How you forward your packets is going to be entirely dependant on your router. Personally, I can't imagine that anyone would sell a router that doesn't have port forwarding capabilities, but you never know. You really need to spend some quality time with the router's documentation and probably the companies web site to find out how to do this.

mark001 12-09-2004 04:50 AM

Hi, Hangdog42.

Thanks for the info on ports.

my router's config has a page like this:

Firewall Setting:
'This feature let your router act as a firewall.'
WEB MANAGEMENT PORT make you be able to change default port number of the Remote Management UI.

Web Management Port: [80].
(I can make change to the port no. 80)

Is the above info about port forward?

If yes, how do I do port forward and to which port it should forward to?

Further info would much be appreciated.

mark001

Hangdog42 12-09-2004 07:53 AM

Actually, without being able to look at your router's screen, I'm not going to be able to tell much. In general, you are looking for a place where, on a port by port basis, you can enter the IP address of the computer you want to act as your server. For example, you want to run a web server off your linux box and that has a LAN address of 192.168.1.50 (by the way, you are definitely going to want to set up your server to have a static IP address on your LAN). Somewhere in your router's software, you should be able to set it so it takes traffic on port 80 and sends it to IP address 192.168.1.50. If the part you posted has a place for you to enter an IP address, then it is likely to be the port forwarding section. If it doesn't, then you'll need to keep looking.

I strongly suggest spending some time with the documentation and company web site. Port forwarding is a pretty standard feature of routers, so somewhere they must have instructions on how to do it. You might even want to drop an email to the manufacturer if you can't find anything at their web site.


Quote:

Firewall Setting:
'This feature let your router act as a firewall.'
WEB MANAGEMENT PORT make you be able to change default port number of the Remote Management UI.

Web Management Port: [80].
(I can make change to the port no. 80)
OK, I'm pretty sure that this part is NOT the port forwarding section. It looks like your router is configured using a web browser and that means that it has its own little web server listenting on port 80 and this allows you to change that port. Personally, I don't see much point in doing that.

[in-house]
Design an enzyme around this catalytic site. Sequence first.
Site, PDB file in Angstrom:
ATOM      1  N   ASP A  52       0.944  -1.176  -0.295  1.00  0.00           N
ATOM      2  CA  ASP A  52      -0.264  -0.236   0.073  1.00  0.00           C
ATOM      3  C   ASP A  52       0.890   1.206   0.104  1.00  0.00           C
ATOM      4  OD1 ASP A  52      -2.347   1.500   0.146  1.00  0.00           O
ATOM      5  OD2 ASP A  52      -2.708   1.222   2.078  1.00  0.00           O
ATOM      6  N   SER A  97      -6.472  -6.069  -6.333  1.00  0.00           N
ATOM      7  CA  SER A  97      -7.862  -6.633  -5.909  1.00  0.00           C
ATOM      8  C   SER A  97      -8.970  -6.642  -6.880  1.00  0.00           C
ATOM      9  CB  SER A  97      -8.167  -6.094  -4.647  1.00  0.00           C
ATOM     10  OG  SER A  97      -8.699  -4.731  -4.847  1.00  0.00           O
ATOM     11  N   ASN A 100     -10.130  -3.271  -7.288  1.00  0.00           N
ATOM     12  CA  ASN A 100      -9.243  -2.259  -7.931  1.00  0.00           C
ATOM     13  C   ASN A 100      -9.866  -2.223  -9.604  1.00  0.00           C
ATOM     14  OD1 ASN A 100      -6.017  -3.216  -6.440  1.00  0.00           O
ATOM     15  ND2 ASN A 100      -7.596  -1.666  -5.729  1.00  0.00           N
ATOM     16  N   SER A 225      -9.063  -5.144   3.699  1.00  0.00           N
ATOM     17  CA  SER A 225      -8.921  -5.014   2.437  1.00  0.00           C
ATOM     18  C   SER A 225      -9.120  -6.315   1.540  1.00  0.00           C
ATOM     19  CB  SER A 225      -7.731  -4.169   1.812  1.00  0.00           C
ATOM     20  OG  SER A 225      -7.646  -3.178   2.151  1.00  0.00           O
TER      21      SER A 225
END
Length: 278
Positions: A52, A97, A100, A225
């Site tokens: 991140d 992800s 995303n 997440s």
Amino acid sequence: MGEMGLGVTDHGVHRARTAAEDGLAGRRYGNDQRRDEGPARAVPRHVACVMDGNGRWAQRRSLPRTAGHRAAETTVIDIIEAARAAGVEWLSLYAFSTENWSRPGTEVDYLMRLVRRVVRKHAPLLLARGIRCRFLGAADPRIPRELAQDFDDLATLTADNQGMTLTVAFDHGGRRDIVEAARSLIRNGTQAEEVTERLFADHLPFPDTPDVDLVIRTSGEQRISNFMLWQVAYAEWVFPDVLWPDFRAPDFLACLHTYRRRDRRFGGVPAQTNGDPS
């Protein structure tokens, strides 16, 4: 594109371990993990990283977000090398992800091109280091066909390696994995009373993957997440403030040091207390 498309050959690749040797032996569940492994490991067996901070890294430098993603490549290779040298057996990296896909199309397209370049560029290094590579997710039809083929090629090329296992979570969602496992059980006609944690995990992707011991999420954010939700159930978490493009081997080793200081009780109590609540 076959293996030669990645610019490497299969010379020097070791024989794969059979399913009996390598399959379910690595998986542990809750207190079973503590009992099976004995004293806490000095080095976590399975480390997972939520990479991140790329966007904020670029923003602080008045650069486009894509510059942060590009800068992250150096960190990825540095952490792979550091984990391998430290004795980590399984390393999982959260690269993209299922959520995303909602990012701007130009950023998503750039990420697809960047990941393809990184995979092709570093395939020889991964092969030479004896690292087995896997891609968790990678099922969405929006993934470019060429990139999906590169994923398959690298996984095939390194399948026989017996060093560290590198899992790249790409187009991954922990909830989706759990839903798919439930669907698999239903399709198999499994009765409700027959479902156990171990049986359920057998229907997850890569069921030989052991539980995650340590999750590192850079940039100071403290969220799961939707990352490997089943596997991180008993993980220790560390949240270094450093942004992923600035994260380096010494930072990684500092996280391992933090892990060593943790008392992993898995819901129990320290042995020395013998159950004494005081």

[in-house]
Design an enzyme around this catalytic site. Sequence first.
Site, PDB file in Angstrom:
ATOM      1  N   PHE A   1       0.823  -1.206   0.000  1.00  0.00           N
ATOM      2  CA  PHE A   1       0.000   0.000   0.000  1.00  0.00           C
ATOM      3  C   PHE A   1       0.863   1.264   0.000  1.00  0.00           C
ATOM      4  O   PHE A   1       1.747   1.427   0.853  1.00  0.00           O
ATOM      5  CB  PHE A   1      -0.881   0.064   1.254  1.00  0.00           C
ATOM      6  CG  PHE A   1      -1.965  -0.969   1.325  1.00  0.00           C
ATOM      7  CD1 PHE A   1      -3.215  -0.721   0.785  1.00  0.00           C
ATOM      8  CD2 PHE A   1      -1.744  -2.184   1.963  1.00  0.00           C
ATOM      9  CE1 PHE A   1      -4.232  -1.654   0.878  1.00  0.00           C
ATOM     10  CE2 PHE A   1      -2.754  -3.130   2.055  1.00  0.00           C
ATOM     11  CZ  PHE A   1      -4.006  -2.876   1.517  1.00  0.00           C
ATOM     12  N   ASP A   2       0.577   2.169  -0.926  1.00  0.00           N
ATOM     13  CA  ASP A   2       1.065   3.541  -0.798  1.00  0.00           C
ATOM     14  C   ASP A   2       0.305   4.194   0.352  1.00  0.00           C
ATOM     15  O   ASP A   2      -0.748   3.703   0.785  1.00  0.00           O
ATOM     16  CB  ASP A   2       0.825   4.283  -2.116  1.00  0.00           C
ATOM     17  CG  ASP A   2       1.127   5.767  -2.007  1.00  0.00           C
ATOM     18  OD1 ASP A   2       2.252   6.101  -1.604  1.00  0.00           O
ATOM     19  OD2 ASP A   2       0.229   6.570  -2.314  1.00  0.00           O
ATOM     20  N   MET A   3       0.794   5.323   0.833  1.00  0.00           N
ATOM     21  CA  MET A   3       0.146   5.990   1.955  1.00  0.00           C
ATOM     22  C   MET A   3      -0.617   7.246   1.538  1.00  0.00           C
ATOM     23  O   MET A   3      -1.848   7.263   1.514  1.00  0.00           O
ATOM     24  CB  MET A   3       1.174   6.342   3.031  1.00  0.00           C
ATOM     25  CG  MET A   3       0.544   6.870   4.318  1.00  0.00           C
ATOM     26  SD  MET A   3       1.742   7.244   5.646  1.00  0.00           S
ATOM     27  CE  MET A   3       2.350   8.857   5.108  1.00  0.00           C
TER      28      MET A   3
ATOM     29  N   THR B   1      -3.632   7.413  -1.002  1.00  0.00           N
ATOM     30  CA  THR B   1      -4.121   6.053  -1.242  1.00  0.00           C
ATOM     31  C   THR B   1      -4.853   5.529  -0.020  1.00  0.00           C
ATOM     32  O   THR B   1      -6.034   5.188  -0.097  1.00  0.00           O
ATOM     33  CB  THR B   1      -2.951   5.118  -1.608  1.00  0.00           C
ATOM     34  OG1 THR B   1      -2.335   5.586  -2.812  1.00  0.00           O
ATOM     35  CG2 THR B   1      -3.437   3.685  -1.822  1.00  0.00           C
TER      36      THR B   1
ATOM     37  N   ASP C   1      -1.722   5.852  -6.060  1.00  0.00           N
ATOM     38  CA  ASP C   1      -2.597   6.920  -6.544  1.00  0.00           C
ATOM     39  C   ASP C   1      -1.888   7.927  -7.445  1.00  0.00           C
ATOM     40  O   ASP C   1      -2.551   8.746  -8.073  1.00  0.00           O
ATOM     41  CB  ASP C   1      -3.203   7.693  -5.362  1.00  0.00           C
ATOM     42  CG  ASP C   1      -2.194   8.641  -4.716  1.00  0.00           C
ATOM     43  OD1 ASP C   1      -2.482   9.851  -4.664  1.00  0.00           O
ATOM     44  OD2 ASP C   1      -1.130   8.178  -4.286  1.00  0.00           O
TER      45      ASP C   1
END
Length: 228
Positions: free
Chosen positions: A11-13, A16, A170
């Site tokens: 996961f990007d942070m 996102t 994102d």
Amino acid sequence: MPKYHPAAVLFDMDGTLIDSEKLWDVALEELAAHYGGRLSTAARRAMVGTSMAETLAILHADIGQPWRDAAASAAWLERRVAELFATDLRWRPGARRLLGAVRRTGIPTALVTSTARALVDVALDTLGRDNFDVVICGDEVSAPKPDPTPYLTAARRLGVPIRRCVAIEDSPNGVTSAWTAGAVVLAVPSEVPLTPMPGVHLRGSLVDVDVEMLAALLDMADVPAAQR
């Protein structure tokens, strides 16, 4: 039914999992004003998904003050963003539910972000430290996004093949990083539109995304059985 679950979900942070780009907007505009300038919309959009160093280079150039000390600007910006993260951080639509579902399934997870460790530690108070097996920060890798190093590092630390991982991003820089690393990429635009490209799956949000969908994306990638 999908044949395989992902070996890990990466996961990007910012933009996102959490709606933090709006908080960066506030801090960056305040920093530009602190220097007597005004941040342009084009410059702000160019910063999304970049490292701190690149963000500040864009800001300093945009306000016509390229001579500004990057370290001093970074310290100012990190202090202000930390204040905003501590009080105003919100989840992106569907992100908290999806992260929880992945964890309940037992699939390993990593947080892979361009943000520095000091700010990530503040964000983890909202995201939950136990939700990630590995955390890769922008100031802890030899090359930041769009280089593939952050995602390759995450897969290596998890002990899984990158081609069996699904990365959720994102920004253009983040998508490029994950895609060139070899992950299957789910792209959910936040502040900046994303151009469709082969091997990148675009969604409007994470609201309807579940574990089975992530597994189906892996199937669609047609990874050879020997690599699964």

Whatshisface 12-11-2004 10:07 AM

I went to canyouseeme.org and found that the port was still closed I wonder if the problem is this:
My router and modem are connected to another machine (192.168.1.100). My server machine(192.168.1.102) is connected to one of the connections of the router. Would I have better chance if the server machine was directly connected with the router? When I did port forwarding I used the 192.168.1.102 address - port 80. Sould I also forward for the other machine's address?

Hangdog42 12-11-2004 03:01 PM

Um, I'm confused by a couple of statements

Quote:

My router and modem are connected to another machine (192.168.1.100)
And
Quote:

My server machine(192.168.1.102) is connected to one of the connections of the router. Would I have better chance if the server machine was directly connected with the router?
From the second statement it sounds like your server is connected directly to the router.

Unless you have a reason not to, your modem should only connect to your router and all of your computers should connect directly to the router. If your 192.168.1.100 machine is between your router and your modem, then yes, that can cause a problem. If you are passing through your .100 machine to get to your server, the .100 machine has to have a way to pass the packets on.

By the way, you really shouldn't post your real IP address. In fact, you should edit it out as soon as you can.